“I am not sure what the final intimidation tactic that they used was, but (the station management) told me to lower my tone or I’d be off TV. The manager met with me and said there’s lots of pressure from the government, and that (Channel 10) doesn’t want to be an enemy of the administration, so I had to change the strategy of the program,” Arellano said, adding that he refused and was subsequently fired.

Channel 10 is owned by Mexican media mogul Angel Gonzalez, who is also reportedly the majority holder in Multinoticias Channel 4, the Sandinistas’ official news channel. Channel 10’s general manager has said the problem with Arellano, a former Conservative Party politician, was that he was too partisan to do a balanced news show.

The station denies it received any pressure from the president or first lady.

Following Venezuelan Model?

Arellano, however, insists his case is proof positive that the Sandinista government is following the alleged media advice given to it by a Venezuelan consultant: either buy out the opposition media, or pressure them to be quiet.

“We have seen that various media outlets now have ample financial support from the government and have changed their policies, while there are others that are (critical of the administration) and are receiving pressure from the government,” Arellano said.

One independent national TV station, which has recently sold TV spots to the government to broadcast uncensored versions of Ortega’s “El Pueblo Presidente” shows, did not return The Nica Times requests for comments on its financial arrangement.

La Prensa, meanwhile, has not let up on its historically barbed criticism of the Sandinistas, despite losing its slander case – the outcome of which, the paper claims, was decided by the Sandinistas long before the trial even started.

The daily was sued for slander by five members of the Sandinistas’ Councils of Citizen Power (CPCs) over a Dec. 20 headline that read: “CPC With License to Give Beatings.” The subtitle of the article referred to the CPCs as “gangs,” following an incident in which a La Prensa journalist, Jorge Loásiga, was attacked by Ortega’s private security, which the newspaper erroneously identified as CPC in its headline.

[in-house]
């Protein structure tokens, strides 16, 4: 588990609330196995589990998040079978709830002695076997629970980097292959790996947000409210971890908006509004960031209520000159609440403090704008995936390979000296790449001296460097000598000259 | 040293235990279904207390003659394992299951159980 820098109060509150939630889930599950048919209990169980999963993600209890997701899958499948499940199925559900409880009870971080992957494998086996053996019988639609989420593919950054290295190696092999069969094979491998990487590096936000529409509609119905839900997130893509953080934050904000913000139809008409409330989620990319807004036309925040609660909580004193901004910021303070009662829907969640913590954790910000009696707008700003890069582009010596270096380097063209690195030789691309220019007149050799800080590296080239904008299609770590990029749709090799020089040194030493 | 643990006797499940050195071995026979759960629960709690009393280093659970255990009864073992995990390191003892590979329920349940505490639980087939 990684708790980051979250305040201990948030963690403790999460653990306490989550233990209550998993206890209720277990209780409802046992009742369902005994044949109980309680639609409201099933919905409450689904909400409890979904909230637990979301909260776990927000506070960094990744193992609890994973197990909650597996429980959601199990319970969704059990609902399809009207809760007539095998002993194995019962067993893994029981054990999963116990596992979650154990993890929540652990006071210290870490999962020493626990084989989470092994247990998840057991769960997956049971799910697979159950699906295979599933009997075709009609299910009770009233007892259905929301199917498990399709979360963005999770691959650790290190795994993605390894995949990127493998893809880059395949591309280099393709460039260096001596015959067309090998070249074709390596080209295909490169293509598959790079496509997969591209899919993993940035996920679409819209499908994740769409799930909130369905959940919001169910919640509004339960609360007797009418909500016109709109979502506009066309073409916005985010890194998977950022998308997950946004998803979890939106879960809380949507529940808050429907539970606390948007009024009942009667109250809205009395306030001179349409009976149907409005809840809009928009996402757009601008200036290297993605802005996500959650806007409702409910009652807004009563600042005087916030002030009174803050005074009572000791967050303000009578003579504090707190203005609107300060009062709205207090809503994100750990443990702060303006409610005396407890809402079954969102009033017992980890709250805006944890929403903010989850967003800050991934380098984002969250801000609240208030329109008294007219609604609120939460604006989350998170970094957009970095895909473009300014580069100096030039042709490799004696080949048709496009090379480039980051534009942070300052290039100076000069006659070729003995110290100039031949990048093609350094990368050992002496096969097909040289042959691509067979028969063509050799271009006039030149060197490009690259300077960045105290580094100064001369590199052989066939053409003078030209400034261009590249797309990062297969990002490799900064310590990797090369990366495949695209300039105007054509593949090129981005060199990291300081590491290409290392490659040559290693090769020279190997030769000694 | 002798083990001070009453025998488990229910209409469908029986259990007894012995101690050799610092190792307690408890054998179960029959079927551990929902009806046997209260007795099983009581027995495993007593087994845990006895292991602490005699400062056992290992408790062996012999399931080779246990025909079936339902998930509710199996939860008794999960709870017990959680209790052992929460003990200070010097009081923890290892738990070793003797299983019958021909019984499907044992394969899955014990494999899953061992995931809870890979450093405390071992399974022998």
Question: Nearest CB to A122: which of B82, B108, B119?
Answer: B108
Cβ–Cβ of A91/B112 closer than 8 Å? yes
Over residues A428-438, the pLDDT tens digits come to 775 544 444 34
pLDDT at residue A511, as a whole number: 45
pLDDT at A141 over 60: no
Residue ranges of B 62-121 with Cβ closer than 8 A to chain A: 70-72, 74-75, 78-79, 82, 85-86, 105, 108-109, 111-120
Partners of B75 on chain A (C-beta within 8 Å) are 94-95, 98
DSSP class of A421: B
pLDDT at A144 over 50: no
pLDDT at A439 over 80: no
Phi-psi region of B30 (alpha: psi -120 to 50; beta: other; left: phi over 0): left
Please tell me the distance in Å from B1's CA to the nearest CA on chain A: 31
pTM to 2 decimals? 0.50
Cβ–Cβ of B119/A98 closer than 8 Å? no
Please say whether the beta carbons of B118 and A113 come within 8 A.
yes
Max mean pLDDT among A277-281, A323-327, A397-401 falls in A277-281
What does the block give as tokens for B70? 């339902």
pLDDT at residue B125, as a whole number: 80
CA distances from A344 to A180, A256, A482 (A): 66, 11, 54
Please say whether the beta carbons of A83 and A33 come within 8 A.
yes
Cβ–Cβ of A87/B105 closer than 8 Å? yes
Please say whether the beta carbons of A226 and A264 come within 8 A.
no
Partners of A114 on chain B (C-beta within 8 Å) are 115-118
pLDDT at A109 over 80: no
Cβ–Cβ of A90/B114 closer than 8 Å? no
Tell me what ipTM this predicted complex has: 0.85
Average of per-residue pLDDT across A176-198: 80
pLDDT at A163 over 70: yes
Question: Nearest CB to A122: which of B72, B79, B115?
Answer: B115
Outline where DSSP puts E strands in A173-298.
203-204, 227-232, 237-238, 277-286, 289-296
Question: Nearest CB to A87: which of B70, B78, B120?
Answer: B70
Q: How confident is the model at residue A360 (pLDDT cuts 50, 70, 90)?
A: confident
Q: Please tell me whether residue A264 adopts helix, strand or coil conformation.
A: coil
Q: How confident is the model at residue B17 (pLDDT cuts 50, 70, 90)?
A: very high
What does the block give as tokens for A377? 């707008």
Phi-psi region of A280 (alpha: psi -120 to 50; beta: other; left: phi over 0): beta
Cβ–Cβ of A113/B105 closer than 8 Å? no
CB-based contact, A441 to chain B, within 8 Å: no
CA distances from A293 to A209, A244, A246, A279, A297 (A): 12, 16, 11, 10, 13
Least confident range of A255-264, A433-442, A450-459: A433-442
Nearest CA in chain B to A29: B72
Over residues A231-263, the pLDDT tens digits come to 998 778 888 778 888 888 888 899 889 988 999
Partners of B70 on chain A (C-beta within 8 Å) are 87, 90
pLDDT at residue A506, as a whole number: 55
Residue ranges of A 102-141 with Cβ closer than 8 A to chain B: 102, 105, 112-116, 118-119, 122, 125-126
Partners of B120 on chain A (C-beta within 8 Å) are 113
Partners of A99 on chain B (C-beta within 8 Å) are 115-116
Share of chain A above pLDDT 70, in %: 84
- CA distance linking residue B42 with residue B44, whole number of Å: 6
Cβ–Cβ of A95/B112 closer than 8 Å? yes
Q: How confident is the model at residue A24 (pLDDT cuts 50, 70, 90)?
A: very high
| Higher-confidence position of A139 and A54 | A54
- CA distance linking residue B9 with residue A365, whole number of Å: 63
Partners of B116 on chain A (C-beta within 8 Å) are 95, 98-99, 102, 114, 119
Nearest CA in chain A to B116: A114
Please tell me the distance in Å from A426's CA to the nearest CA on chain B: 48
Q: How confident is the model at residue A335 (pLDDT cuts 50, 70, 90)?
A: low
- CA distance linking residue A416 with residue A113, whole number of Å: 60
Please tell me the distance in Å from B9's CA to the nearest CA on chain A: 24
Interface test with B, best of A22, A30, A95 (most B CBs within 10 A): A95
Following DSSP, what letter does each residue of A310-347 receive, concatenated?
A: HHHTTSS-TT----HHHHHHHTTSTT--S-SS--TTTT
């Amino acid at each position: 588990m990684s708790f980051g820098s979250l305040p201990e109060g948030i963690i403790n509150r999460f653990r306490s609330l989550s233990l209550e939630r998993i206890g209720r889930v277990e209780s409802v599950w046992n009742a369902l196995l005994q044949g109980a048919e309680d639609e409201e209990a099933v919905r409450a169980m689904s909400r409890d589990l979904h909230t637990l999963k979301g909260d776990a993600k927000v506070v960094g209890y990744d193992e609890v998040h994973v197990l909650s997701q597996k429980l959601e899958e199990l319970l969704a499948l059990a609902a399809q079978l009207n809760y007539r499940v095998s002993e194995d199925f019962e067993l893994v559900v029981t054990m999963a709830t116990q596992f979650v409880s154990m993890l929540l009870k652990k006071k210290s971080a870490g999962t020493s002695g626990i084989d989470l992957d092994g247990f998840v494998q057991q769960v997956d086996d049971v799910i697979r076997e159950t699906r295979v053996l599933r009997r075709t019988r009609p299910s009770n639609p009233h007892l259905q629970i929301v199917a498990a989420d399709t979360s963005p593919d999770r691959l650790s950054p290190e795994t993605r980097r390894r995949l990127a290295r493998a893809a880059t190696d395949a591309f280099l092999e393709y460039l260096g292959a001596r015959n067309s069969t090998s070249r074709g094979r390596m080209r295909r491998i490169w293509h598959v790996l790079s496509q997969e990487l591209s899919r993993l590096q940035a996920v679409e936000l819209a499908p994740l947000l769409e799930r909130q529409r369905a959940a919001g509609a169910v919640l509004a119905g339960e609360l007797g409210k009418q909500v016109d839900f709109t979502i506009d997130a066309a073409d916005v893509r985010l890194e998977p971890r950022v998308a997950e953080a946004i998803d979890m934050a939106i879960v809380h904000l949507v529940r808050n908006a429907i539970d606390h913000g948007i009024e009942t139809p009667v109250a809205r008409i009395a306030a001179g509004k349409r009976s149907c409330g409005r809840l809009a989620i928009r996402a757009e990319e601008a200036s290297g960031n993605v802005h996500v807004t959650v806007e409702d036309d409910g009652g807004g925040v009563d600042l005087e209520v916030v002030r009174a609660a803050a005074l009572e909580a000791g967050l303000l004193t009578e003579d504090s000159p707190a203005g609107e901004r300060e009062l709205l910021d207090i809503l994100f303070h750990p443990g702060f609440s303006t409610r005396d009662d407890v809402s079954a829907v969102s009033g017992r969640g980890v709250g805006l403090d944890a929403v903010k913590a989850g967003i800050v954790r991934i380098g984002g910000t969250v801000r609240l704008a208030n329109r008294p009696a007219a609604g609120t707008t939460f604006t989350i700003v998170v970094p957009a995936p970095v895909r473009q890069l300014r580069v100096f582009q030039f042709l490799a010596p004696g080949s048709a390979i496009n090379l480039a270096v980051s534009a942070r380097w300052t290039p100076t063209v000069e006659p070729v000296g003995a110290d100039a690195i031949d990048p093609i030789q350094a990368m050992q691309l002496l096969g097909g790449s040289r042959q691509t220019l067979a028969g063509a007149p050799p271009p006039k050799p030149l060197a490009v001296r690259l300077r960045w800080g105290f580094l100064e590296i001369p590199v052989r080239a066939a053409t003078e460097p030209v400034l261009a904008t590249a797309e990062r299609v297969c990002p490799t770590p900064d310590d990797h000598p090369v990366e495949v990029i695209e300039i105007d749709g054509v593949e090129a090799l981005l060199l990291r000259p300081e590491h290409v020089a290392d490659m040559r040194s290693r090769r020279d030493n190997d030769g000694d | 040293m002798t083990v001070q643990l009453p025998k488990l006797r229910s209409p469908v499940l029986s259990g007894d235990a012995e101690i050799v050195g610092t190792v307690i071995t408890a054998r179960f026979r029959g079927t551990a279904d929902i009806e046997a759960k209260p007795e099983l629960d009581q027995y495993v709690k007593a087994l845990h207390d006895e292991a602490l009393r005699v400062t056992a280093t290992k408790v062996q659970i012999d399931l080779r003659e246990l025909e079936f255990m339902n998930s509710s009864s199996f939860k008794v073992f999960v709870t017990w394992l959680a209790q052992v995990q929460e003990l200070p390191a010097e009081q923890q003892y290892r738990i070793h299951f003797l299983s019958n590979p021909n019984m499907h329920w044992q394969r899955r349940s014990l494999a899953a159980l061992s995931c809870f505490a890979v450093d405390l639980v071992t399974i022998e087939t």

Five members of the local CPC in the Managua neighborhood where the incident took place then sued La Prensa for libel and slander, arguing that their “dignity” had been affected by the headline because people in their neighborhood had since referred to them as “gangsters” (see sidebar, page 6).

The guilty verdict has been condemned by independent media as well as business chambers and opposition politicians. Several critics have likened the trial to the kangaroo courts of the Somoza dictatorship.

La Prensa’s rival newspaper, El Nuevo Diario, said,“(we) add our voice to the clamor of those who have condemned this trial, which by all indications was political and against the freedom of expression, and alert about this government’s totalitarian direction, with is more evident every day.”

The Inter-American Press Association (IAPA) has also expressed its concern. “The plaintiffs are not mentioned personally, since none of their names is in the headline of the article, which should invalidate the charge…The judge is a Sandinista supporter who does not hide his partiality and bias. In addition, the plaintiffs are transported in a vehicle belonging to the office of the FSLN,” IAPA said in its midyear report for Nicaragua, released March 30.

In addition to being found guilty of dubious charges in court, Jaime Chamorro, president of La Prensa, has also been targeted by a Sandinista smear campaign in the form of attack ads that accuse him – without any evidence – of stealing “$600 million” in the 2000 banking system collapse known as the “Cenis scandal.” In what La Prensa’s lawyers call a clear case of slander and libel, the ad, published in the name of the CPCs and run constantly on Sandinista television, calls Chamorro a “thief” and ends with the message “The thieves must pay.”

Despite the pressure campaign against him and La Prensa, Chamorro says he doesn’t think the Sandinistas will take the next step and start censoring the media like they did in the 1980s.